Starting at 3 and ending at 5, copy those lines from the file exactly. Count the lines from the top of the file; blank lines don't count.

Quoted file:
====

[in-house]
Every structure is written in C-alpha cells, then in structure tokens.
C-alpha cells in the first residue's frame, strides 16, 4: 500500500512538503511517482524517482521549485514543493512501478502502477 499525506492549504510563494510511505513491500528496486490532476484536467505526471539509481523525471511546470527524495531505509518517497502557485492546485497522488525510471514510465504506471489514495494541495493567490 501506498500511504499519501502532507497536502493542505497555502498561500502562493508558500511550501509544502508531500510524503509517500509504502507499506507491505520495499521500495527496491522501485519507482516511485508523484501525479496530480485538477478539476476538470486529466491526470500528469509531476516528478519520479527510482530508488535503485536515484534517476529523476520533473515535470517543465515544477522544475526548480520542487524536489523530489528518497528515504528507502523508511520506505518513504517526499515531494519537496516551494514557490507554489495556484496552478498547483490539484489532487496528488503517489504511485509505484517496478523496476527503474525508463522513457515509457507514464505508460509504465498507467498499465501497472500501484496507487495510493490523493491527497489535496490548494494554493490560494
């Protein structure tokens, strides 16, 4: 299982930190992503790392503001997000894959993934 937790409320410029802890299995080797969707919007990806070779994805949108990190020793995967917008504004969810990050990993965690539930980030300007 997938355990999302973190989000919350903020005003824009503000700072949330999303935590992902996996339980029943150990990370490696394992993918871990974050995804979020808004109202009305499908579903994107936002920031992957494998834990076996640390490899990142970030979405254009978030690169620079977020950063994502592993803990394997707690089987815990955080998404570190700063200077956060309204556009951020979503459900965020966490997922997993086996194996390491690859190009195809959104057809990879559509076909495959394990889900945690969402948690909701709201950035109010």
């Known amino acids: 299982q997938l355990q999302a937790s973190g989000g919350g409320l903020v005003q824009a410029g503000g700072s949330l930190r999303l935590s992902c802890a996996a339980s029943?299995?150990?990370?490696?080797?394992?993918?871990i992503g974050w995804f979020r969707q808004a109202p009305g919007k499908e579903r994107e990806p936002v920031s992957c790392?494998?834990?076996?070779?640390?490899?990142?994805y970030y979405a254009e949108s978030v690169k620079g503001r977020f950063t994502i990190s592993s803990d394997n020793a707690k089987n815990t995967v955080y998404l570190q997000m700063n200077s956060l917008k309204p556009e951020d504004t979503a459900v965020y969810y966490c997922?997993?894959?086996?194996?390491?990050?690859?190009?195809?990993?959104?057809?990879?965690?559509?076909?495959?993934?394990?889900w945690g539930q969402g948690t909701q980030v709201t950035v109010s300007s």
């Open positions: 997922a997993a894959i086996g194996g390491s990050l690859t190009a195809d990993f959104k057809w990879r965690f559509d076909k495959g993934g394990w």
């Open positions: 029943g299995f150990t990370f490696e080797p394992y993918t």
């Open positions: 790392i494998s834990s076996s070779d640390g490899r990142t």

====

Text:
C-alpha cells in the first residue's frame, strides 16, 4: 500500500512538503511517482524517482521549485514543493512501478502502477 499525506492549504510563494510511505513491500528496486490532476484536467505526471539509481523525471511546470527524495531505509518517497502557485492546485497522488525510471514510465504506471489514495494541495493567490 501506498500511504499519501502532507497536502493542505497555502498561500502562493508558500511550501509544502508531500510524503509517500509504502507499506507491505520495499521500495527496491522501485519507482516511485508523484501525479496530480485538477478539476476538470486529466491526470500528469509531476516528478519520479527510482530508488535503485536515484534517476529523476520533473515535470517543465515544477522544475526548480520542487524536489523530489528518497528515504528507502523508511520506505518513504517526499515531494519537496516551494514557490507554489495556484496552478498547483490539484489532487496528488503517489504511485509505484517496478523496476527503474525508463522513457515509457507514464505508460509504465498507467498499465501497472500501484496507487495510493490523493491527497489535496490548494494554493490560494
């Protein structure tokens, strides 16, 4: 299982930190992503790392503001997000894959993934 937790409320410029802890299995080797969707919007990806070779994805949108990190020793995967917008504004969810990050990993965690539930980030300007 997938355990999302973190989000919350903020005003824009503000700072949330999303935590992902996996339980029943150990990370490696394992993918871990974050995804979020808004109202009305499908579903994107936002920031992957494998834990076996640390490899990142970030979405254009978030690169620079977020950063994502592993803990394997707690089987815990955080998404570190700063200077956060309204556009951020979503459900965020966490997922997993086996194996390491690859190009195809959104057809990879559509076909495959394990889900945690969402948690909701709201950035109010």
């Known amino acids: 299982q997938l355990q999302a937790s973190g989000g919350g409320l903020v005003q824009a410029g503000g700072s949330l930190r999303l935590s992902c802890a996996a339980s029943?299995?150990?990370?490696?080797?394992?993918?871990i992503g974050w995804f979020r969707q808004a109202p009305g919007k499908e579903r994107e990806p936002v920031s992957c790392?494998?834990?076996?070779?640390?490899?990142?994805y970030y979405a254009e949108s978030v690169k620079g503001r977020f950063t994502i990190s592993s803990d394997n020793a707690k089987n815990t995967v955080y998404l570190q997000m700063n200077s956060l917008k309204p556009e951020d504004t979503a459900v965020y969810y966490c997922?997993?894959?086996?194996?390491?990050?690859?190009?195809?990993?959104?057809?990879?965690?559509?076909?495959?993934?394990?889900w945690g539930q969402g948690t909701q980030v709201t950035v109010s300007s």